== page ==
TWN has been making a few waves here and there this week. Let me share four items that may interest some:
1. Helene Cooper in the New York Times today confirms the general picture of a piece I wrote last week that reported frustrations with Bush’s policy course on Iran by Cheney and his team. Her piece is a whopper — and Secretary of State Rice seems to be sending a signal not just to the media that she’s in charge, but to Cheney too.
The same piece ran as a cover story in today’s International Herald Tribune and has generated an email deluge here at TWN.
2. Edward Luce of the Financial Times published this piece today asking why Democratic presidential hopefuls still seem to be talking in the same national security grooves as President Bush. Our views are featured.
3. The New York Times’ Nicholas Kristof published this item on his own blog, On the Ground, supporting my views about David Gordon — who is about to take over as Director of Policy Planning at the State Department.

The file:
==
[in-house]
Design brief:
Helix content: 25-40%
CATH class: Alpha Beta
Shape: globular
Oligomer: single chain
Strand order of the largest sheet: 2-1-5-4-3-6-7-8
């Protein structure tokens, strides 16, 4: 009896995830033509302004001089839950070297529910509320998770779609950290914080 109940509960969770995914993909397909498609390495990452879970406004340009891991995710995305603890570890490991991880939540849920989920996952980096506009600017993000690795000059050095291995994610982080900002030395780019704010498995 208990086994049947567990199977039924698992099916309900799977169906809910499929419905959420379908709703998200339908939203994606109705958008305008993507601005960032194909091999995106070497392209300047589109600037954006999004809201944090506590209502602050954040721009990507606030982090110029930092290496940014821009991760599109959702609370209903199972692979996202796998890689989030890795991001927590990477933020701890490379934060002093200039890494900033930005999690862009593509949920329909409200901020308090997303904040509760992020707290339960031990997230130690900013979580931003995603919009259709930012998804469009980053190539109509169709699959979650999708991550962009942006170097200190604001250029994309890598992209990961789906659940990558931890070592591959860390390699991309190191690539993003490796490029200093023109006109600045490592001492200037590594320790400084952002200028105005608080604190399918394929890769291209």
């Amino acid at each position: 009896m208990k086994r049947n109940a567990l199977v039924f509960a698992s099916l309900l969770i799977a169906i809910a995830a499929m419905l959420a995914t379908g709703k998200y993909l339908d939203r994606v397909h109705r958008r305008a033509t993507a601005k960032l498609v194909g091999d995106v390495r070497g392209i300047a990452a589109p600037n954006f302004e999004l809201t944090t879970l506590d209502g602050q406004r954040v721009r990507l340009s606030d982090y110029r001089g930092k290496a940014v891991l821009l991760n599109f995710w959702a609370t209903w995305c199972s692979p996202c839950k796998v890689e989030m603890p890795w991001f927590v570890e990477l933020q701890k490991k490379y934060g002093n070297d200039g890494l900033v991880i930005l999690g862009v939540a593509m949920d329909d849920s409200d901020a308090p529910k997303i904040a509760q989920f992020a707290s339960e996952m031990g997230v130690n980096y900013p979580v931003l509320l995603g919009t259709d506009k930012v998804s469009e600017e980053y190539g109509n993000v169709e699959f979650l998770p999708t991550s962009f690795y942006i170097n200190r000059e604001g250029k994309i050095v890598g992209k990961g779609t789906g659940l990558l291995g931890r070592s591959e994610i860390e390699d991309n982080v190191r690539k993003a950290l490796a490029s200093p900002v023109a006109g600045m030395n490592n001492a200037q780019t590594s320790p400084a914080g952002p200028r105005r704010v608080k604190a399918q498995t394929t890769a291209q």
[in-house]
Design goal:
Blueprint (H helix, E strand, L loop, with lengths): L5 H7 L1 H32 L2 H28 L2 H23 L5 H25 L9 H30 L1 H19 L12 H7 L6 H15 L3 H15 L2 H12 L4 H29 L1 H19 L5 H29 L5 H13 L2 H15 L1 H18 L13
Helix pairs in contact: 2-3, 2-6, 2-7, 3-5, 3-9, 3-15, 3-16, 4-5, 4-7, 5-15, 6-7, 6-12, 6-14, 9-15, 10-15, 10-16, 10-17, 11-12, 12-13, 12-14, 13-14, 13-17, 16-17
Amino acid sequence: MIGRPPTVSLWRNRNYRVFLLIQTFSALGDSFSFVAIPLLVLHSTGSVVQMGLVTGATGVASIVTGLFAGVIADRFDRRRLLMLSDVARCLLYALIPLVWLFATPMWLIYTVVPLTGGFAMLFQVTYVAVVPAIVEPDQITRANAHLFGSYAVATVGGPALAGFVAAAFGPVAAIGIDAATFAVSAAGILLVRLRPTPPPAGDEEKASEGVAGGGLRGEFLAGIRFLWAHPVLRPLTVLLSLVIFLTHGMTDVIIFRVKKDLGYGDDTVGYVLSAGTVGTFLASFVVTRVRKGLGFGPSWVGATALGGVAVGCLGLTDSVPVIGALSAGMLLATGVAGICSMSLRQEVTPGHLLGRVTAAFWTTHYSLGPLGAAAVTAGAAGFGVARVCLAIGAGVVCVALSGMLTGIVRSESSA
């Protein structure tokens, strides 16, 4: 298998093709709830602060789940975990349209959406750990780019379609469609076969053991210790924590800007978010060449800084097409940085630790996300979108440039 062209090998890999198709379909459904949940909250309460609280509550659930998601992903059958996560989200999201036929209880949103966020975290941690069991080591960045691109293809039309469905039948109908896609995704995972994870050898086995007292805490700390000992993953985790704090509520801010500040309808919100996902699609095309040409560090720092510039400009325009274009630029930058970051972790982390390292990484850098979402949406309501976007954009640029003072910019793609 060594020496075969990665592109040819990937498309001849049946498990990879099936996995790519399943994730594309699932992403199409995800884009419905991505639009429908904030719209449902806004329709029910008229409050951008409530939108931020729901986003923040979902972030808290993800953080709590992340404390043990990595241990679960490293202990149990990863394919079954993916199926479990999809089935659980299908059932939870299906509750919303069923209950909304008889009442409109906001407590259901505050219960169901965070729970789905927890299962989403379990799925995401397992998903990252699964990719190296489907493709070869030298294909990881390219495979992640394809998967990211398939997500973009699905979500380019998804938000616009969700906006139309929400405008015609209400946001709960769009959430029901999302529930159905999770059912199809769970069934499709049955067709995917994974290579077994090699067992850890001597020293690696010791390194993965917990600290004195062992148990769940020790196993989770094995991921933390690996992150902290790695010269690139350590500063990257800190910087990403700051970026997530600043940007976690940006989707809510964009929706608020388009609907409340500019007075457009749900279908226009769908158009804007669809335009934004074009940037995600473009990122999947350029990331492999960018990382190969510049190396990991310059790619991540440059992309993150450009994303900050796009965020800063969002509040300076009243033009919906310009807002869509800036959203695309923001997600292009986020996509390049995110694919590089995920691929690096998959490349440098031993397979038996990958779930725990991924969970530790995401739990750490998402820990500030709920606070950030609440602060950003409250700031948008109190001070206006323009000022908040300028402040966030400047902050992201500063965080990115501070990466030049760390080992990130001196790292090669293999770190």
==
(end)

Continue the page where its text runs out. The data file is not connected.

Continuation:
Let me post his item below for those who have a hard time with the Times firewall:
Realism in the Bush Administration?
by Nicholas D. Kristof
The Washington Note has an interesting post saying that David Gordon, now the vice chairman of the National Intelligence Council, will be announced as the new head of Policy Planning at the State Department.
That’s very interesting, because David Gordon is first rate and not ideological, and because Policy Planning is a key portfolio in any administration in developing long-range policy. Of course, hard-liners in the Office of the Vice President can still out-maneuver the sensible people, as they have for most of the last six years, but it’s nice to see good people appointed to top posts.
Steve Clemons, who writes the Note, says that Gordon’s appointment is indicative of better people going into posts more recently, and maybe there’s some truth to that. If the administration had started with Bob Gates and Gordon England at the Pentagon, instead of Rumsfeld and Wolfowitz, with Zoellick at the World Bank — and, best of all, with somebody like Tom Ridge as vice president rather than Cheney — then Bush might have avoided a failed presidency.
Bush also might have done better in preserving his reputation if he had just been defeated for reelection, so that his fans could blame today’s problems on John Kerry.
4. Finally, Here is a radio MP3 clip I did yesterday with AntiWar Radio’s Scott Horton. It’s more on Iran, Cheney, and the shenanigans Cheney’s team have been pulling despite some excellent work by others in the Bush admnistration.
— Steve Clemons